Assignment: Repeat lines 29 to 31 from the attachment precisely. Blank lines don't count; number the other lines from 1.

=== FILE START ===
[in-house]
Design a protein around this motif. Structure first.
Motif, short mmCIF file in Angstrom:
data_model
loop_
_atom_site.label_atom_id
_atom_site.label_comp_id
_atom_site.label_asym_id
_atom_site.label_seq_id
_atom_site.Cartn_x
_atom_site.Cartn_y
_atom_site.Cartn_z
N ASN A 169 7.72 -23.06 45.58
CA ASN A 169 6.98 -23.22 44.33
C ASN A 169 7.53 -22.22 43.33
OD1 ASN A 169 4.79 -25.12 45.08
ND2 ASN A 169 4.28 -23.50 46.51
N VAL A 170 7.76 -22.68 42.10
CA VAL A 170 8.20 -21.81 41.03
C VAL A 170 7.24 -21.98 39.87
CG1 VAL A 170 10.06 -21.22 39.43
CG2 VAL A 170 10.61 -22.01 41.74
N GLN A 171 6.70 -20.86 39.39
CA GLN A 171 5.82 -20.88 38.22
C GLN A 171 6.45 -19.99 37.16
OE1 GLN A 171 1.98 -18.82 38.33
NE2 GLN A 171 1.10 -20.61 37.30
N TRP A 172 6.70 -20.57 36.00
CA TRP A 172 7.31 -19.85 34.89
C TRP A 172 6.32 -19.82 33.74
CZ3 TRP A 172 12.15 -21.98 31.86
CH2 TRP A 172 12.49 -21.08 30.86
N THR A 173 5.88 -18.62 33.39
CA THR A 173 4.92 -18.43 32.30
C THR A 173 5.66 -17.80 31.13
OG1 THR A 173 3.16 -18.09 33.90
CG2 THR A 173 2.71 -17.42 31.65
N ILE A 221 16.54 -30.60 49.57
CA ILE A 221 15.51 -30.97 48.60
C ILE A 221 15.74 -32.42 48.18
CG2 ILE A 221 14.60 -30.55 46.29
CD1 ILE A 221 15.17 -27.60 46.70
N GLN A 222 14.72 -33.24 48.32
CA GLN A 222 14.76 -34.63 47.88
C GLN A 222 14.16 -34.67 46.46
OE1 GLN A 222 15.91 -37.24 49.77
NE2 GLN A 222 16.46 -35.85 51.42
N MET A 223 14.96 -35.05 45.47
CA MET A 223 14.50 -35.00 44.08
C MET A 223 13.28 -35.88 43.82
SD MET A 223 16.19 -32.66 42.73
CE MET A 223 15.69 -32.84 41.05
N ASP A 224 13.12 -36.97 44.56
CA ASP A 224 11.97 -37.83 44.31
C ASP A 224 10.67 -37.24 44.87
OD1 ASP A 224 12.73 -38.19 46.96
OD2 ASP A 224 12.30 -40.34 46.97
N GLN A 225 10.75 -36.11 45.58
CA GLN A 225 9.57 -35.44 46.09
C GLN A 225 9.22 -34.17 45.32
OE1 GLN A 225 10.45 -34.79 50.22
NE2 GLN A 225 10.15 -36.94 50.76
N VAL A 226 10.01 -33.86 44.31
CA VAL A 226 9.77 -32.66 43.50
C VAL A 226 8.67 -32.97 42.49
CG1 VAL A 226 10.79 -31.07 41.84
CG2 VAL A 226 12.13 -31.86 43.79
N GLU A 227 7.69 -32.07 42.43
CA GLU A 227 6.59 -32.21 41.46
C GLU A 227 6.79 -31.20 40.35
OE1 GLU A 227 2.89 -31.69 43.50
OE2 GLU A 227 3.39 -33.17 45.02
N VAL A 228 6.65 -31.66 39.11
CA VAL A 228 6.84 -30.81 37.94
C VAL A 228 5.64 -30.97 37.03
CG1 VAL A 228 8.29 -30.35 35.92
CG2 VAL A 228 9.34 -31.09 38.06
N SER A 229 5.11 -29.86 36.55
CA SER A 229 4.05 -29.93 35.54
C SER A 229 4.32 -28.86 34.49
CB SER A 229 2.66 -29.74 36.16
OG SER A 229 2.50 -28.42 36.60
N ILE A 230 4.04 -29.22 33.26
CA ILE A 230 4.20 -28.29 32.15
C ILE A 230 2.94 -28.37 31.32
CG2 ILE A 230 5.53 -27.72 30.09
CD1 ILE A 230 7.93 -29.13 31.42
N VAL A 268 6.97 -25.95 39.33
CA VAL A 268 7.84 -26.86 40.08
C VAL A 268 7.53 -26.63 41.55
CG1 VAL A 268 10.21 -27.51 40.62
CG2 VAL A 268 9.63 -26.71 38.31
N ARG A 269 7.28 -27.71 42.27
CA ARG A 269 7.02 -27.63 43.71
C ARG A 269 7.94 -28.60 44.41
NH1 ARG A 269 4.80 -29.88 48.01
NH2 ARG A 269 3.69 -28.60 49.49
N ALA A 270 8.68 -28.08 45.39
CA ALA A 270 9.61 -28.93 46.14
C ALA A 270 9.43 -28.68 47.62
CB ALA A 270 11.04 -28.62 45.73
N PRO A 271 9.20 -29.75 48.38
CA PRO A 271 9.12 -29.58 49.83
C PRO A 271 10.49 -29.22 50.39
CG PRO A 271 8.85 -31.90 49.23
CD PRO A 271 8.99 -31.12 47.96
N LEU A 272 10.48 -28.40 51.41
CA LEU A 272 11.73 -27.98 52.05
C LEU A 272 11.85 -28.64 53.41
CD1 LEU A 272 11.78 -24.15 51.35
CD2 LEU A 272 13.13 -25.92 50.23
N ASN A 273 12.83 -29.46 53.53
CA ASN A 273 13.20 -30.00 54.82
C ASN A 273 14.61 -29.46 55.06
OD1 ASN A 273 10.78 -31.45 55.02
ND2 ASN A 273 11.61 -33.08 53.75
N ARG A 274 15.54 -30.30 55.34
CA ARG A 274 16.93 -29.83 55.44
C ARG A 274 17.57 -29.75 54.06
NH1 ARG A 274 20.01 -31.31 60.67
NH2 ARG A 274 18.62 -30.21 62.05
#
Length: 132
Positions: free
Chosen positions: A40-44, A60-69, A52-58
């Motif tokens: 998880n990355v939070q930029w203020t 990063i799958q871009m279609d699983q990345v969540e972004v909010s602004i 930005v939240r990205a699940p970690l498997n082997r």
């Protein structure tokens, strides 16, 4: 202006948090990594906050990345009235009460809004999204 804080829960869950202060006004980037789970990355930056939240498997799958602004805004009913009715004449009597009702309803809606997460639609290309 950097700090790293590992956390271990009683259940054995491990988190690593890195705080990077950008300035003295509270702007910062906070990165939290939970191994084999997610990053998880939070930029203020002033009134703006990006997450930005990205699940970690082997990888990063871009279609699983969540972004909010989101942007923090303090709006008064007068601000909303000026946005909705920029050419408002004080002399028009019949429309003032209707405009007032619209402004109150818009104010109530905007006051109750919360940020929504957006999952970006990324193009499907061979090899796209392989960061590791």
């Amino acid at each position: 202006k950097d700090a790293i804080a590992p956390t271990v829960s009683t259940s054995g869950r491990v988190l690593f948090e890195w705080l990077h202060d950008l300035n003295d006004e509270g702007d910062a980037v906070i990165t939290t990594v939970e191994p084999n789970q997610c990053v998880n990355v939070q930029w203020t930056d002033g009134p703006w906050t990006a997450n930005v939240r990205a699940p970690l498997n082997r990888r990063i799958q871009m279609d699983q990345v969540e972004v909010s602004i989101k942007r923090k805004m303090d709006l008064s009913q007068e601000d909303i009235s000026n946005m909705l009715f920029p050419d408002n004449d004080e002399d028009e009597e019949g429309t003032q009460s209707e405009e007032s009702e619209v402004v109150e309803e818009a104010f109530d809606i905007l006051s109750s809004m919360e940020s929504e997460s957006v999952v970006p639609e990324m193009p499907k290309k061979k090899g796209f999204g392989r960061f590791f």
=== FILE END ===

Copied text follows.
CA TRP A 172 7.31 -19.85 34.89
C TRP A 172 6.32 -19.82 33.74
CZ3 TRP A 172 12.15 -21.98 31.86